‘Just a Snip’?: A Social History of Male Circumcision

Peter Aggleton
Reproductive Health Matters 2007;15(29):15–21


The last seven years have seen growing advocacy for male circumcision as a means of HIV prevention, commencing first among public health specialists working mainly in the USA, then among some of those working in international organisations, and more recently endorsed as part of a comprehensive package of measures supported by both the World Health Organization and UNAIDS.

Opinions continue to differ sharply as to whether or not to implement this form of prevention – or how quickly to do so – although there appears to be growing consensus that, as with all HIV-related public health interventions, male circumcision must be promoted in a culturally appropriate, rights-based and gender sensitive way.

Papers and discussions elsewhere take up issues of gender sensitivity and rights. It is issues of culture and politics that I want to examine here. All over the world male circumcision has its roots deep in the structure of society. Far from being a simple technical act, even when performed in medical settings, it is a practice which carries with it a whole host of social meanings. Some of these meanings link to what it is to be a man, with circumcision taking place as a rite of passage into adulthood in several African and oceanic societies.

In other settings, male circumcision carries religious connotations, it being widely practised among Jews and Muslims, although less so among Christians and rarely among other religions. From the late 19th century onwards, however, male circumcision also entered into the field of public health. It has been viewed in the USA in particular as a panacea for a wide range of medical and social problems historically – from paralyisis and hip joint disease to nervousness, anti-social behaviour and imbecility.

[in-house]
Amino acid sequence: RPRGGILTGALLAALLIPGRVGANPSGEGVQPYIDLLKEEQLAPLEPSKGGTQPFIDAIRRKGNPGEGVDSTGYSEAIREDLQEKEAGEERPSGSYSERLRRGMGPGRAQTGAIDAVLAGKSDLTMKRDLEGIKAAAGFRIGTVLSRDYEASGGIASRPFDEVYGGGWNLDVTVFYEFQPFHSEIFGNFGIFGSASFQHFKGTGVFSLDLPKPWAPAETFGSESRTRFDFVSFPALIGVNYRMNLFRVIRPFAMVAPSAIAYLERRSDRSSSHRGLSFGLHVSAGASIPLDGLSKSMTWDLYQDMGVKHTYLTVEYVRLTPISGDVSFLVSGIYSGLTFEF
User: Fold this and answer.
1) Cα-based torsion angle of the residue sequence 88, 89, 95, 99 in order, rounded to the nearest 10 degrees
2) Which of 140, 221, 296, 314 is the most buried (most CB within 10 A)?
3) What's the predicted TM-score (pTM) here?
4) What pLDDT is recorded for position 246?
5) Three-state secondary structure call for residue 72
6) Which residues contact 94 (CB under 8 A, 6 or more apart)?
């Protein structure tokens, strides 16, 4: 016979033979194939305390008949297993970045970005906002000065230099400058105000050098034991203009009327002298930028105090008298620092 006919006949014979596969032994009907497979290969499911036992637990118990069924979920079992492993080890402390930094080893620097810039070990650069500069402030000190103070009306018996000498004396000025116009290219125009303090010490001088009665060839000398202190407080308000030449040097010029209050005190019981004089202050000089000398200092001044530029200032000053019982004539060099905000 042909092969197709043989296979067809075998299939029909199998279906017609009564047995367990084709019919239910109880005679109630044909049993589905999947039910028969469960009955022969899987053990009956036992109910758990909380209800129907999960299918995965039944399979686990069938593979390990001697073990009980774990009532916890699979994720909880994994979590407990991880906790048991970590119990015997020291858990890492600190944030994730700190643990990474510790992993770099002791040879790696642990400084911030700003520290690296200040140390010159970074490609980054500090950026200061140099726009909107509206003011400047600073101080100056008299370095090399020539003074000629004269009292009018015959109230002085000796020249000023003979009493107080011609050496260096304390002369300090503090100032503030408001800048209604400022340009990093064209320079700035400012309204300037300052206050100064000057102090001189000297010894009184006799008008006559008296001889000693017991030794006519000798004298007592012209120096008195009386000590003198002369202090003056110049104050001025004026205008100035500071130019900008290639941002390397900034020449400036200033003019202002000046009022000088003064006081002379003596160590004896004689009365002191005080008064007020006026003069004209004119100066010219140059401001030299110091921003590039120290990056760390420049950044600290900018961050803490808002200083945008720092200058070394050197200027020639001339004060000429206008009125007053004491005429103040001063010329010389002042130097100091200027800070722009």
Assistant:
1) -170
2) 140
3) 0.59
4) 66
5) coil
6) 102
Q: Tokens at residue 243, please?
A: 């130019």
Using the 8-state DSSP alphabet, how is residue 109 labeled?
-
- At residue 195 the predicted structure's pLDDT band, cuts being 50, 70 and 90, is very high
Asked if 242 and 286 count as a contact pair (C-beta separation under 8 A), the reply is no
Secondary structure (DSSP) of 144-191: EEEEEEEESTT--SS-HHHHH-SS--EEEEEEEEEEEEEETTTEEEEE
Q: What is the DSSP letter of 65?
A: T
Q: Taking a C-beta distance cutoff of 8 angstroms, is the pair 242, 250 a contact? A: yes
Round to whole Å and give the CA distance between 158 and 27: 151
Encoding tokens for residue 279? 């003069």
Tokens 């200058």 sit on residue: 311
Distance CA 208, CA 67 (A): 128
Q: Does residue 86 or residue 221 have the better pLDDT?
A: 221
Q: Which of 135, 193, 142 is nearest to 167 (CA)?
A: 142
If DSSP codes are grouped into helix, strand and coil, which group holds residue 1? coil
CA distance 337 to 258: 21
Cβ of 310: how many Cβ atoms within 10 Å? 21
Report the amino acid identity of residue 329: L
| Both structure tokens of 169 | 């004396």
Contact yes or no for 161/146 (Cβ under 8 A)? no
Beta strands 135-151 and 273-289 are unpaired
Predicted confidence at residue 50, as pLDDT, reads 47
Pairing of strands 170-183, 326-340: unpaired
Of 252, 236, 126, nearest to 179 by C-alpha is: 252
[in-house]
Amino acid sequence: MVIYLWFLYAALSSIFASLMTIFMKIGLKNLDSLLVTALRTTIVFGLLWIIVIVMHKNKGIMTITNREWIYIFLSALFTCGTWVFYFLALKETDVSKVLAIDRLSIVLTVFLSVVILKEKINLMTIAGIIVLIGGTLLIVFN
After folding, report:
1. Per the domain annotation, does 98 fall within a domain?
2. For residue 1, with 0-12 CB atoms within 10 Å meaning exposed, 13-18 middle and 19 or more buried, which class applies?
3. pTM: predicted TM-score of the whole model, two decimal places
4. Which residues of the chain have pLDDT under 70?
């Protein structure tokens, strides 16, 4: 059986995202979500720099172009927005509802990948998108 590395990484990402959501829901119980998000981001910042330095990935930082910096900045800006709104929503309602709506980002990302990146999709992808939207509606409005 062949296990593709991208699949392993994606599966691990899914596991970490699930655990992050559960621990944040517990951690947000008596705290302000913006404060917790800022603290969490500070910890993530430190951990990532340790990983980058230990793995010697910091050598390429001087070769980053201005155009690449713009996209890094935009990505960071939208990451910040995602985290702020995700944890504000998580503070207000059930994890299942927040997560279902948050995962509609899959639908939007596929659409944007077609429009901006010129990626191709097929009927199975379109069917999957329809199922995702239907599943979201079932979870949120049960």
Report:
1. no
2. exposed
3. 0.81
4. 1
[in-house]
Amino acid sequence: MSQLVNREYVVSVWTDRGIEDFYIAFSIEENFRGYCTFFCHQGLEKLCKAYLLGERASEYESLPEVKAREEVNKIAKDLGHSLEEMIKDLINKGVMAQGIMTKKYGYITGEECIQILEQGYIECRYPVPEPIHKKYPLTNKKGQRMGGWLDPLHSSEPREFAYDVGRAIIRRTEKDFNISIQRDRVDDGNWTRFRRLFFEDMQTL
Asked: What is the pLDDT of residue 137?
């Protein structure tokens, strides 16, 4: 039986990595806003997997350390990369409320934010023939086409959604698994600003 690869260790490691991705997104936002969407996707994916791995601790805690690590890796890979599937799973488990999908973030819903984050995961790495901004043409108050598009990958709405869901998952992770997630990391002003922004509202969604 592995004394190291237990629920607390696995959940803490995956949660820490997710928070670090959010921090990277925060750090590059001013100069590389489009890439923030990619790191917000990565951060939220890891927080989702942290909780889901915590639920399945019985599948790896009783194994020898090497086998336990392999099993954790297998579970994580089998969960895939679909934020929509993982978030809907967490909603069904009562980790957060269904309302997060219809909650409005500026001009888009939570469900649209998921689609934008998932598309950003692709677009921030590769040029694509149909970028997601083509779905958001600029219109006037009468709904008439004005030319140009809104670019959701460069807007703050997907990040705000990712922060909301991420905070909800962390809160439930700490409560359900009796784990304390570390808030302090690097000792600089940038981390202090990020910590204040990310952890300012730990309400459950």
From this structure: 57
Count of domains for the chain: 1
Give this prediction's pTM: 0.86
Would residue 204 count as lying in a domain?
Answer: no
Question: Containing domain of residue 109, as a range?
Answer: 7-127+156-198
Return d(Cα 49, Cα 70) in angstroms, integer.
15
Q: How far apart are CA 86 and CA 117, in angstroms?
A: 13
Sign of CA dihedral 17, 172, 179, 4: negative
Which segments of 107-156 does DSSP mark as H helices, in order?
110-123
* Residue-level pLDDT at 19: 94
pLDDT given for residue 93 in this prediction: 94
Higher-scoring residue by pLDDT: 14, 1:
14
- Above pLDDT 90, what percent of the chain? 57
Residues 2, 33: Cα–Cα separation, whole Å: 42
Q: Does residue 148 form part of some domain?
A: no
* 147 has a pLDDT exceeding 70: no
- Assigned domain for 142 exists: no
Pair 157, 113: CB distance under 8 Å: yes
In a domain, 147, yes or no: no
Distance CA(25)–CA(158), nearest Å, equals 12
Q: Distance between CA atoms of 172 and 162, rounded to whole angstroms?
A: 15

Crucially, however, male circumcision remains a potent indicator of hierarchy and social difference. During the Ottoman and Moorish Empires, in Nazi Germany, in India at partition and in the recent genocides of Bosnia and East Timor, a man’s circumcision status had serious consequences for how he was treated: with violence, torture and death being the consequence for those who fell short of the mark.

Against this background, this paper seeks to add balance and context to current debates concerning male circumcision. It questions the value neutrality of an act so profound in its social significance and so rich in meaning. It highlights how male circumcision – like its counterpart female genital mutilation – is nearly always a strongly political act, enacted upon others by those with power, in the broader interests of a public good but with profound individual and social consequences.

A vast deal has been written on this subject by sociologists, anthropologists, historians and psychoanalysts, among others,5 which I will only touch upon here, yet in its current global incarnation for HIV prevention, male circumcision is being talked of as if it were the most trivial and inconsequential of matters. “Just a little snip” was how one participant in one of the recent WHO/UNAIDS consultative meetings on male circumcision described it.

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